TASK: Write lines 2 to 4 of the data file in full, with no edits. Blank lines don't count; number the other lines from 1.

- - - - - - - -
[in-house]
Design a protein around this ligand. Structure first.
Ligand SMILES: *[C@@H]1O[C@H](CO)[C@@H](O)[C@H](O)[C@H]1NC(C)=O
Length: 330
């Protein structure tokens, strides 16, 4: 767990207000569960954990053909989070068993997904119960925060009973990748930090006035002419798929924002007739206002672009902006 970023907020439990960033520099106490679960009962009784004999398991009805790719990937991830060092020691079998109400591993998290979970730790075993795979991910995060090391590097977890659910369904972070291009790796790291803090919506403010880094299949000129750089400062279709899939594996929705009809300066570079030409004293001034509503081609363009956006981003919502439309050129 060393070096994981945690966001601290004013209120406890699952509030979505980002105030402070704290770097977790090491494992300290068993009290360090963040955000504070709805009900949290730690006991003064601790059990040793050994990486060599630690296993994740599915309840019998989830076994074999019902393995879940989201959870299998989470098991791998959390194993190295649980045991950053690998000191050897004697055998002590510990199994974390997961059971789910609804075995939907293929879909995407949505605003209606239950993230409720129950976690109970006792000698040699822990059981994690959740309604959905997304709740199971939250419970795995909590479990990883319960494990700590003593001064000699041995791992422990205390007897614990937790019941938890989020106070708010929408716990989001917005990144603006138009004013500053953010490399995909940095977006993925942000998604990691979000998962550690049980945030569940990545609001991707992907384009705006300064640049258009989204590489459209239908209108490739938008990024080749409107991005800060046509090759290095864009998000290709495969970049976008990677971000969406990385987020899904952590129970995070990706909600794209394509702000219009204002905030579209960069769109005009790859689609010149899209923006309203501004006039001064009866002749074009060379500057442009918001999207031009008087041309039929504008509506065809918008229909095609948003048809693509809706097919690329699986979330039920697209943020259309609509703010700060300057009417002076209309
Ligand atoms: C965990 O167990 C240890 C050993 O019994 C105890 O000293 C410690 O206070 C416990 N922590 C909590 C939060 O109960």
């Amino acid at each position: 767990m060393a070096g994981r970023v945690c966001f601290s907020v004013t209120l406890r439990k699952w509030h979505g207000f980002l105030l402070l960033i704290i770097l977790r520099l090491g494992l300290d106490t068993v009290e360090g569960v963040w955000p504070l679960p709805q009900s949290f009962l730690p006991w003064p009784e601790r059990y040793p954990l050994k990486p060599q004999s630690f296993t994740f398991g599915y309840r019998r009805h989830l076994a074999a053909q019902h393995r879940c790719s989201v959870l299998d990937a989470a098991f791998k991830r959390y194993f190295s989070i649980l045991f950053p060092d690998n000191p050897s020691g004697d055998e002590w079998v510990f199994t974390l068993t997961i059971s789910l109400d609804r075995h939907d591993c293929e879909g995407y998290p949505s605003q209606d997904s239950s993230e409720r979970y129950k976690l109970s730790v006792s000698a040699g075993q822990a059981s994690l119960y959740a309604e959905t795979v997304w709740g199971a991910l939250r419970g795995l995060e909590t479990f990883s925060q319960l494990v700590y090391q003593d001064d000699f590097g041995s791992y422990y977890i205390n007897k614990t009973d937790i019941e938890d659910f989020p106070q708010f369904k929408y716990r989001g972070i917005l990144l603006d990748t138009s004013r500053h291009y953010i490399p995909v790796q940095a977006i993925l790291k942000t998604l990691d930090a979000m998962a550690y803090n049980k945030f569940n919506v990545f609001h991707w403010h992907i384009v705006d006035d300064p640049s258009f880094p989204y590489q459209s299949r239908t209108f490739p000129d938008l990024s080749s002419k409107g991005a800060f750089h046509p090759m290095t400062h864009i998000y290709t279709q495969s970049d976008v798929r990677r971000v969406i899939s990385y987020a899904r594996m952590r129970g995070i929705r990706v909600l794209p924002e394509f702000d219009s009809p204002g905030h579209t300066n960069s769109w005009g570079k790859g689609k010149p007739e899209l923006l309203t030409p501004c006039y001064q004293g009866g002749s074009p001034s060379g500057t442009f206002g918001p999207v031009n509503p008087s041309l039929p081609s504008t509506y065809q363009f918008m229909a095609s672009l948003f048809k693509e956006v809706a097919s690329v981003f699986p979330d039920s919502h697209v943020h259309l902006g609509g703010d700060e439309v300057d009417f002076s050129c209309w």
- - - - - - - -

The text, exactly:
Design a protein around this ligand. Structure first.
Ligand SMILES: *[C@@H]1O[C@H](CO)[C@@H](O)[C@H](O)[C@H]1NC(C)=O
Length: 330